Even after nine decades of life as an American, I can find new details about history — even history with particular personal resonance. Until reading in yesterday’s New York Times opinion pages Brent Staples’ piece titled “How Italians Became ‘White,’” I had no idea of the extent of depravity and racist violence inflicted upon Southern Italian immigrants in the early years of the last century. I knew there had been discrimination, but I thought of it in terms of slights or shunning – or struggles for employment or embarrassment about mob bosses – not being hanged alongside African Americans for the sin of skin that might have been somewhat darker. My Southern Italian relatives never told me about that.
Staples notes that “a white, Protestant and homogeneous America” was what Congress had in mind when it declared in 1790 that only “free white persons, who have, or shall migrate into the United States were eligible to become naturalized citizens.” His article continued, “The calculus of racism underwent swift revision when waves of culturally diverse immigrants from the far corners of Europe changed the face of the country.” Staples cites historian Matthew Frye Jacobson’s immigrant history “Whiteness of a Different Color” in noting, “the surge of newcomers engendered a national panic and led Americans to adopt a more restrictive, politicized view of how whiteness was to be allocated.” Sound familiar, does it?
In my as-yet-if-ever-to-be-published book, In Paris, Everyone Calls Me Honey, the letters my mother (family name Miele) wrote home from an extraordinary year as an art student in France are interspersed with descriptions of the struggles and successes of her immigrant family striving through the Depression years and beyond. As a second generation Italian-American, I was perplexed by the absence of empathy toward others enduring somewhat similar indignities. Riding in the car with two aunts on a shopping excursion, I saw one turn to the other and gesture toward me in the back seat. “You know,” the one said, “She thinks black people are the same as white people.” The other, the driver, replied, “That’s because she went to college.” I wish I’d known at the time to mention the lynchings.
Not long ago, my brother, visiting from the east, chatted with a diverse group of my Los Angeles neighbors. He told them about our Italian grandparents and the discrimination that existed on the East Coast when they started out. “Oh no, not Italians,” the neighbor said, implying my brother didn’t know what he was talking about, that no Italian-Americans ever suffered any hardships ever. Always the conciliator, I quickly interjected, “That’s because the Italians who came to California, established vast wineries and giant banks, and became leading citizens. Not everyone on the east coast was able to accomplish that, given the competition. But they managed to educate their children and assure their success, while becoming stalwart members of their communities.”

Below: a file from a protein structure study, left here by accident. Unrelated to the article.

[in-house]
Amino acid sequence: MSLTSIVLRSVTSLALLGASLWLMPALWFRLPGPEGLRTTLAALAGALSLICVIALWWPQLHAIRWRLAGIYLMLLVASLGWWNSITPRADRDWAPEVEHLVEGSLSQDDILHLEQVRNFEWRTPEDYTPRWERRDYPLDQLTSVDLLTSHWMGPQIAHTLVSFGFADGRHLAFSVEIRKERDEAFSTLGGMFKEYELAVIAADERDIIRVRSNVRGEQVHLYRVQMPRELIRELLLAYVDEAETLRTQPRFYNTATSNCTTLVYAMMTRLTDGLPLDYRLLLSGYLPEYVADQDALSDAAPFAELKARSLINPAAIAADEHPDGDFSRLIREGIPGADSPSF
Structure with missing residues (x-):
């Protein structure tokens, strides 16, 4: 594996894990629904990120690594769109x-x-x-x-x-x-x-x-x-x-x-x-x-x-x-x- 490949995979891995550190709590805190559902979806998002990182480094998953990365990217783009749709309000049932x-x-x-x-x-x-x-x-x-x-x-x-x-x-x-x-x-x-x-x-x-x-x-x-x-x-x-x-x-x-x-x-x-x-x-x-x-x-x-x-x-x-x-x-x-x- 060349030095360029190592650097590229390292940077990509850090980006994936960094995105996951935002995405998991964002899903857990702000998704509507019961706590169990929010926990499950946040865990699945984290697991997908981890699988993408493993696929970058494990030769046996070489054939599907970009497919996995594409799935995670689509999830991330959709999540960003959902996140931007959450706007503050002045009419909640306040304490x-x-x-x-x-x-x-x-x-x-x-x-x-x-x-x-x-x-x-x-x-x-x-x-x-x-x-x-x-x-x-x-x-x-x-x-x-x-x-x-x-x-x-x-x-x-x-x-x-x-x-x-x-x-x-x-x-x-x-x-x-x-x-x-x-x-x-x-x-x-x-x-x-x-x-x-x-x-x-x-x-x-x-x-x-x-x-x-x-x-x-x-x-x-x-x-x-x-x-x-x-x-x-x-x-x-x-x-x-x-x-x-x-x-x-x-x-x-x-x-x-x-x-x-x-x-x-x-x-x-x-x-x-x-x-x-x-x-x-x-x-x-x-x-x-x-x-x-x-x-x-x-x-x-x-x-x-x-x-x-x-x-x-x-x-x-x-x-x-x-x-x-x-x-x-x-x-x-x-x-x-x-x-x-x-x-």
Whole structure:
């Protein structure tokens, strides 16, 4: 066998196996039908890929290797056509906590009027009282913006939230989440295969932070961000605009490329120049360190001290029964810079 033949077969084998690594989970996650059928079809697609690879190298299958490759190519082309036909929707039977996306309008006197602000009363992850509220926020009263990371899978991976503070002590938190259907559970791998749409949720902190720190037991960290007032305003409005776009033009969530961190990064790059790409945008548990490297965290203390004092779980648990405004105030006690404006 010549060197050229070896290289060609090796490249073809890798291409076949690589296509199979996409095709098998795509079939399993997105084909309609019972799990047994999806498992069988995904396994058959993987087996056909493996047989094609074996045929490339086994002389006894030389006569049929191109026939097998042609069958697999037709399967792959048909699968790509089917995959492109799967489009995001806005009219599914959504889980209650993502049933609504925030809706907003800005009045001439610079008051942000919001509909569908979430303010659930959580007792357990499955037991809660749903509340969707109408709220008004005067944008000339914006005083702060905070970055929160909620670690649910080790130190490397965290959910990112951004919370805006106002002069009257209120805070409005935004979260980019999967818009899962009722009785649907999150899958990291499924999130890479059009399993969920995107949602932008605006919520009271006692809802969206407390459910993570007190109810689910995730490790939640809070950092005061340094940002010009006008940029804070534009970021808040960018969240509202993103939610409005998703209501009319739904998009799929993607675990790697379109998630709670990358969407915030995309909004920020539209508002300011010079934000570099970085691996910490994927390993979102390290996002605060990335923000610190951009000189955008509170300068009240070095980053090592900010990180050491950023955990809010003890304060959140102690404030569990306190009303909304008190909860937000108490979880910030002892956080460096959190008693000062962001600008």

I am as proud of my immigrant ancestors whose names are now etched on the wall at Ellis Island as I am of the Revolutionary War surgeon and Midwestern homesteaders in my family tree. They and all their descendants have played important roles in making this nation worth preserving.
Very interesting! In light of what’s going on today, it just seems like we took our step forward in the more hopeful ’50’s and 60’s and now seem to be taking three steps back (sigh).
Isn’t that the truth? That line about “the surge of newcomers engendered a national panic and led Americans to adopt a more restrictive, politicized view…” hit me. The more things change, the more they stay the same. We would have hoped for improvement.
Well, since I attended an almost totally Italian-American high school where at least Half the students were first-generation Italians, I can attest to the picture Staples draws. The normally outcast Neapolitans in turn, cast aspersions on those of Sicilian descent. But, to your point, grandpa Miele apparently went to adult education classes to learn “proper” Italian and neither our parents or their siblings were allowed to study Italian in school…only French, German, etc. This was brilliant because it afforded them the fastest pathway to acceptance. Some relatives even changed their names to “pass” as anglos.
What is it about humanity that makes so many seem to need someone to look down on? As for your point about language, see my comment to the reader below.
My paternal grandparents were Germans who were.raised in the Volga area of Russia. They too were targeted during WWII. My dad and aunts never learned to speak German. It is just sad that we do not change. I am very thankful for all the sacrifices they made.
This was such a surprise from a new acquaintance! What have we talked about that bypassed this? My late husband ‘s mother was born in one of the Volga German colonies in Russia. At Ed’s death three years ago, the completed manuscript for his first book in a planned trilogy was taken along with all his research by a daughter who intends to complete it.
As for so many of us second-generation children not learning the language of our elders, there was not only the parents’ desire for quick assimilating to fit in, but for both my grandparents and Ed’s family, America was at war with Italy and Germany. With patriotic fervor high, it was probably wise to downplay one’s country of origin.